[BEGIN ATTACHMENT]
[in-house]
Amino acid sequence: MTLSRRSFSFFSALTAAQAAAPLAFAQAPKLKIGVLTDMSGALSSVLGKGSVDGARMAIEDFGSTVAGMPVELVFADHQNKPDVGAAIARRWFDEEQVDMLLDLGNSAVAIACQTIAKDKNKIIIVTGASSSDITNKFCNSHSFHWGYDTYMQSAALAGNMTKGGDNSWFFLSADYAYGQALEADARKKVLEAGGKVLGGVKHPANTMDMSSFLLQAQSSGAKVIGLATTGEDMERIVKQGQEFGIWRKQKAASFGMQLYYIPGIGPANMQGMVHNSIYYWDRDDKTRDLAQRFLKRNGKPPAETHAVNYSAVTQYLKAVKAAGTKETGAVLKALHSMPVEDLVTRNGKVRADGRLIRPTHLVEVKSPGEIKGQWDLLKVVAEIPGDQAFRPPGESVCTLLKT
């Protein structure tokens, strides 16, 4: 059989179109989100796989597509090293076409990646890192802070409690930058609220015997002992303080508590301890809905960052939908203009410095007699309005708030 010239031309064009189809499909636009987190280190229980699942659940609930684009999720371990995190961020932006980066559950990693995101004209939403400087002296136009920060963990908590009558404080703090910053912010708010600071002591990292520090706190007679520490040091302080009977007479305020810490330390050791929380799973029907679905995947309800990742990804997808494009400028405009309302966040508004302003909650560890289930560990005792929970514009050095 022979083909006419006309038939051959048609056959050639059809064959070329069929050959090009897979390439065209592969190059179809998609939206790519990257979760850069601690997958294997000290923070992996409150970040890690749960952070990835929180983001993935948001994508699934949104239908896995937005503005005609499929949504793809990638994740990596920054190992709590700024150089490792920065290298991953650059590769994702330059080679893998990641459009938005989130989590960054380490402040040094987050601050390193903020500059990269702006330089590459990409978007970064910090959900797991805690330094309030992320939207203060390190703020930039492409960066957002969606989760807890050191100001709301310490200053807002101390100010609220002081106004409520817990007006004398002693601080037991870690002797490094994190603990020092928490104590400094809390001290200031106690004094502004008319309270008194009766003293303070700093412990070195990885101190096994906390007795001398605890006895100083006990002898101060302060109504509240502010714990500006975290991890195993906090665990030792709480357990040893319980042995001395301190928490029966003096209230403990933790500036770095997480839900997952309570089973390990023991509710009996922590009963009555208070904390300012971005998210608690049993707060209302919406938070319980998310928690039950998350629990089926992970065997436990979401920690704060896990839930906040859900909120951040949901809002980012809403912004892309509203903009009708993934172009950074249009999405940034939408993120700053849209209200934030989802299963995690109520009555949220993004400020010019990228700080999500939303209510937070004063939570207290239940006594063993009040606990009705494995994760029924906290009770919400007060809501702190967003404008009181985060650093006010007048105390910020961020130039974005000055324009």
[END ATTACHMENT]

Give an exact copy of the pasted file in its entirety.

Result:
[in-house]
Amino acid sequence: MTLSRRSFSFFSALTAAQAAAPLAFAQAPKLKIGVLTDMSGALSSVLGKGSVDGARMAIEDFGSTVAGMPVELVFADHQNKPDVGAAIARRWFDEEQVDMLLDLGNSAVAIACQTIAKDKNKIIIVTGASSSDITNKFCNSHSFHWGYDTYMQSAALAGNMTKGGDNSWFFLSADYAYGQALEADARKKVLEAGGKVLGGVKHPANTMDMSSFLLQAQSSGAKVIGLATTGEDMERIVKQGQEFGIWRKQKAASFGMQLYYIPGIGPANMQGMVHNSIYYWDRDDKTRDLAQRFLKRNGKPPAETHAVNYSAVTQYLKAVKAAGTKETGAVLKALHSMPVEDLVTRNGKVRADGRLIRPTHLVEVKSPGEIKGQWDLLKVVAEIPGDQAFRPPGESVCTLLKT
């Protein structure tokens, strides 16, 4: 059989179109989100796989597509090293076409990646890192802070409690930058609220015997002992303080508590301890809905960052939908203009410095007699309005708030 010239031309064009189809499909636009987190280190229980699942659940609930684009999720371990995190961020932006980066559950990693995101004209939403400087002296136009920060963990908590009558404080703090910053912010708010600071002591990292520090706190007679520490040091302080009977007479305020810490330390050791929380799973029907679905995947309800990742990804997808494009400028405009309302966040508004302003909650560890289930560990005792929970514009050095 022979083909006419006309038939051959048609056959050639059809064959070329069929050959090009897979390439065209592969190059179809998609939206790519990257979760850069601690997958294997000290923070992996409150970040890690749960952070990835929180983001993935948001994508699934949104239908896995937005503005005609499929949504793809990638994740990596920054190992709590700024150089490792920065290298991953650059590769994702330059080679893998990641459009938005989130989590960054380490402040040094987050601050390193903020500059990269702006330089590459990409978007970064910090959900797991805690330094309030992320939207203060390190703020930039492409960066957002969606989760807890050191100001709301310490200053807002101390100010609220002081106004409520817990007006004398002693601080037991870690002797490094994190603990020092928490104590400094809390001290200031106690004094502004008319309270008194009766003293303070700093412990070195990885101190096994906390007795001398605890006895100083006990002898101060302060109504509240502010714990500006975290991890195993906090665990030792709480357990040893319980042995001395301190928490029966003096209230403990933790500036770095997480839900997952309570089973390990023991509710009996922590009963009555208070904390300012971005998210608690049993707060209302919406938070319980998310928690039950998350629990089926992970065997436990979401920690704060896990839930906040859900909120951040949901809002980012809403912004892309509203903009009708993934172009950074249009999405940034939408993120700053849209209200934030989802299963995690109520009555949220993004400020010019990228700080999500939303209510937070004063939570207290239940006594063993009040606990009705494995994760029924906290009770919400007060809501702190967003404008009181985060650093006010007048105390910020961020130039974005000055324009």